If you have any questions, feel free to ask on my ask site: http://fyseq.tumblr.com/ask, though check out http://fuckyeahsexeducation.tumblr.com/FAQ!
Transwomen will now be admitted, making them unique among the nation’s 114 single-sex colleges. As Mills’ president told KTVU, “We were the first women’s college west of the Rockies. We were the first women’s college to have a computer science program. This is just another in many firsts.”
Great move by Mills. Here’s another take on the story from SF Gate.
How Are You Raising Your Voice in 2013?
We’re in the second week of 2013, and during the first days of every year we evaluate what took place last year, and develop resolutions or goals for things we want to get, where we want to be, and experiences we want have. In doing this, we focus mostly on ourselves and how we want some aspect of our lives to change for the better.
And that’s totally great! But how are you raising your voice in 2013?
2012 was one of the worst (if not the worst) years in women’s health. While major wins such as the United States Supreme Court ruling the Affordable Care Act as constitutional and the birth control mandate beginning in August were exciting, 2012 had the second-highest number of abortion restrictions ever made at the state-level. Not only that, health disparities also continue to run rampant in low-income communities and communities of color, and the politicizing of women’s bodies shows no signs of slowing down.
While fighting for women and girls (especially women and girls of color) to have access to the services that can improve their health and lives can oftentimes feel discouraging, we shouldn’t feel undaunted. Let’s make 2013 the year where huge strides are made in sexual and reproductive health. Not only when it comes to reproductive justice, but for women and girls’ mental, spiritual, and emotional wellness.
How do you want to raise your voice for women and girls’ health in 2013? Here are a few ideas to get you started:
So very important! You may be hearing in the news or on tumblr about a lot of people who are being arrested and even dying because they are trying to get medical help during pregnancy or searching for an abortion. This is an issue that has always been present in low-income communities and communities of color (you’re much more likely to survive a pregnancy or find a way to get an abortion if you are white or upper to middle income), but now it’s getting more press as it’s happening to more and more people. We need to fight back and make sure everyone gets the medical treatment they deserve.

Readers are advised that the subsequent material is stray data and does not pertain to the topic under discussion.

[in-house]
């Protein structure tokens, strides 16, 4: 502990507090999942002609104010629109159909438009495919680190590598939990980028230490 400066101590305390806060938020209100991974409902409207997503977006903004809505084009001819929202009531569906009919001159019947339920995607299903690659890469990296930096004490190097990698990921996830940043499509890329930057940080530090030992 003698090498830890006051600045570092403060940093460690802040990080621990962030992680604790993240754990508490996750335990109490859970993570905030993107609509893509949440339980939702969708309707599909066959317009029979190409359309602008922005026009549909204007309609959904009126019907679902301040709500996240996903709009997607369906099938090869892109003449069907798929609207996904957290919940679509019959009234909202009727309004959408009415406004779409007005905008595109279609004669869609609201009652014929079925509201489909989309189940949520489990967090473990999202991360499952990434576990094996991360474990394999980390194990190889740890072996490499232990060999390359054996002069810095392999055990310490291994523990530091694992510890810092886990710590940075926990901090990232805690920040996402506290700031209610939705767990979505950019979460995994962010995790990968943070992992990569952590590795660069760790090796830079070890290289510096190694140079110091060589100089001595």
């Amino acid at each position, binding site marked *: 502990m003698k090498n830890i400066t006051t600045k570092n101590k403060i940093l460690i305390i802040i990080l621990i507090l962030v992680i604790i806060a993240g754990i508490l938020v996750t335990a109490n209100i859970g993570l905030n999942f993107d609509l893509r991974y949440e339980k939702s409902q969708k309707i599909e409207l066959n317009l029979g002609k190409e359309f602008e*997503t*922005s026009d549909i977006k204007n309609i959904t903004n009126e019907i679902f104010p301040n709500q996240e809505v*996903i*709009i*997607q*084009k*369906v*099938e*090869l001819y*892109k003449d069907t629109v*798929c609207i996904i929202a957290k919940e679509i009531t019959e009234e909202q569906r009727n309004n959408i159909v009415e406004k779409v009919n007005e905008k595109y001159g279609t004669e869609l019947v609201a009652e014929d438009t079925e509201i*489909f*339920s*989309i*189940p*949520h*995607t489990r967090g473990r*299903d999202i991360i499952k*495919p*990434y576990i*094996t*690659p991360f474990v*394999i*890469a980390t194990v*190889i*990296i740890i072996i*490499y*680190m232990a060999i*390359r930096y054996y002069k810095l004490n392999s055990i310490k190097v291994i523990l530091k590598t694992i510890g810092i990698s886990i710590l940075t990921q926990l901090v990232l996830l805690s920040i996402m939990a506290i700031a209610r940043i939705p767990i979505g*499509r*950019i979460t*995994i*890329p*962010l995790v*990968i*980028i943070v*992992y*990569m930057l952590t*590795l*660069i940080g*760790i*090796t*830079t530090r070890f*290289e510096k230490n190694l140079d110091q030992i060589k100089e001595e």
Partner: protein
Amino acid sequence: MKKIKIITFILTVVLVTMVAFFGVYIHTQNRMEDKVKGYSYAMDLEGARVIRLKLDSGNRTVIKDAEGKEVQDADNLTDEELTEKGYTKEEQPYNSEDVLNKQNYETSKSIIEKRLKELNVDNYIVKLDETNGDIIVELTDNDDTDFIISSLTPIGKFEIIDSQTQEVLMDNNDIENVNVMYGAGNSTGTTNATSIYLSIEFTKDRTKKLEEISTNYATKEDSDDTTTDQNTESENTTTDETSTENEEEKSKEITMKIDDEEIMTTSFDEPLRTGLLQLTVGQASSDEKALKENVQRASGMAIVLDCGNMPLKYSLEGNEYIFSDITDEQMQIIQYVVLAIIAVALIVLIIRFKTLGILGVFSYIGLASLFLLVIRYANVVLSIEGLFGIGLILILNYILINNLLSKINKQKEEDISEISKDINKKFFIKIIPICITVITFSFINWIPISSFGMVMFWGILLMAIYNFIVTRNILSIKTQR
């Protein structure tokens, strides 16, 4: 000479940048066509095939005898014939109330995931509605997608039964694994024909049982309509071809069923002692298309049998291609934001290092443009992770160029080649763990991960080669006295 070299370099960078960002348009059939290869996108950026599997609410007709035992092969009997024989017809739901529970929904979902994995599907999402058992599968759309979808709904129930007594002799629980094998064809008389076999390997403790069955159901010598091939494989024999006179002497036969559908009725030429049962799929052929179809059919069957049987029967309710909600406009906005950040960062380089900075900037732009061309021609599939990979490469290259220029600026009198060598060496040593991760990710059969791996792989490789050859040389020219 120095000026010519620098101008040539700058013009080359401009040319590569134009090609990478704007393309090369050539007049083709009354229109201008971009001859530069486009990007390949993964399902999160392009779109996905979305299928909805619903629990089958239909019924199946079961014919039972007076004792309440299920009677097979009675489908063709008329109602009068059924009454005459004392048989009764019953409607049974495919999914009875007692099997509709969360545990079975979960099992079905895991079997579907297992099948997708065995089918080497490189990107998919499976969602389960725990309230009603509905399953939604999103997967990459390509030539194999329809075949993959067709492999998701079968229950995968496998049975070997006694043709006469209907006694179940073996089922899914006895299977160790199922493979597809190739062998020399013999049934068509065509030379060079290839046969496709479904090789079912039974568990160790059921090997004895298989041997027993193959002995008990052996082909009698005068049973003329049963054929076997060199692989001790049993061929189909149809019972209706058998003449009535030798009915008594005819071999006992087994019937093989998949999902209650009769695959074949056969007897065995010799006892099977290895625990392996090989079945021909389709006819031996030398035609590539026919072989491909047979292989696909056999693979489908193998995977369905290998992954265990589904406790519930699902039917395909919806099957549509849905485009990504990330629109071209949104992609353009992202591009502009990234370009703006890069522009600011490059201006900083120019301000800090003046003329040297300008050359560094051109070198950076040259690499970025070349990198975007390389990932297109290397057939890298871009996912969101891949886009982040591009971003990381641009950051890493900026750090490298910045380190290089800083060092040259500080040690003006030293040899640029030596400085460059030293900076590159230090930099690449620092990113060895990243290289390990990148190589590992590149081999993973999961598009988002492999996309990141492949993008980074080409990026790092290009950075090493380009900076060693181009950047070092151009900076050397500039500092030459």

28 reasons why Australian’s shouldn’t support Tony Abbott
- “The problem with the Australian practice of abortion is that an objectively grave matter has been reduced to a question of the mother’s convenience.”
- “If half the effort were put into discouraging teenage promiscuity as goes into preventing teenage speeding, there might be fewer abortions, fewer traumatised young women and fewer dysfunctional families.”
- “Why isn’t the fact that 100,000 women choose to end their pregnancies regarded as a national tragedy approaching the scale, say, of Aboriginal life expectancy being 20 years less than that of the general community?”
- “Since 1996, contrary to poltical correctness, the Australian parliament has overturned right-to-kill laws and (almost) banned gay marriage. Perhaps a political constituency may even be starting to emerge to ban abortions after 20 weeks. “
- “The problem is backyard miscarriages if unscrupulous doctors prescribe these drugs for desperate women. “
- “If an application did come to me, I would have to satisfy myself that compelent doctors would administer the drug in safe circumstances to women who had fully considered the alternatives and understood the risks”
- “Even if dispossession is taken to mean that government has a higher responsibility to Aborigines than to other Australians, the production of beautiful art and connectedness to the land does not warrant the maintenance of a way of life also characterised by unemployment, substance abuse and domestic violence. If people choose to live in difficult to service places, that’s their business.”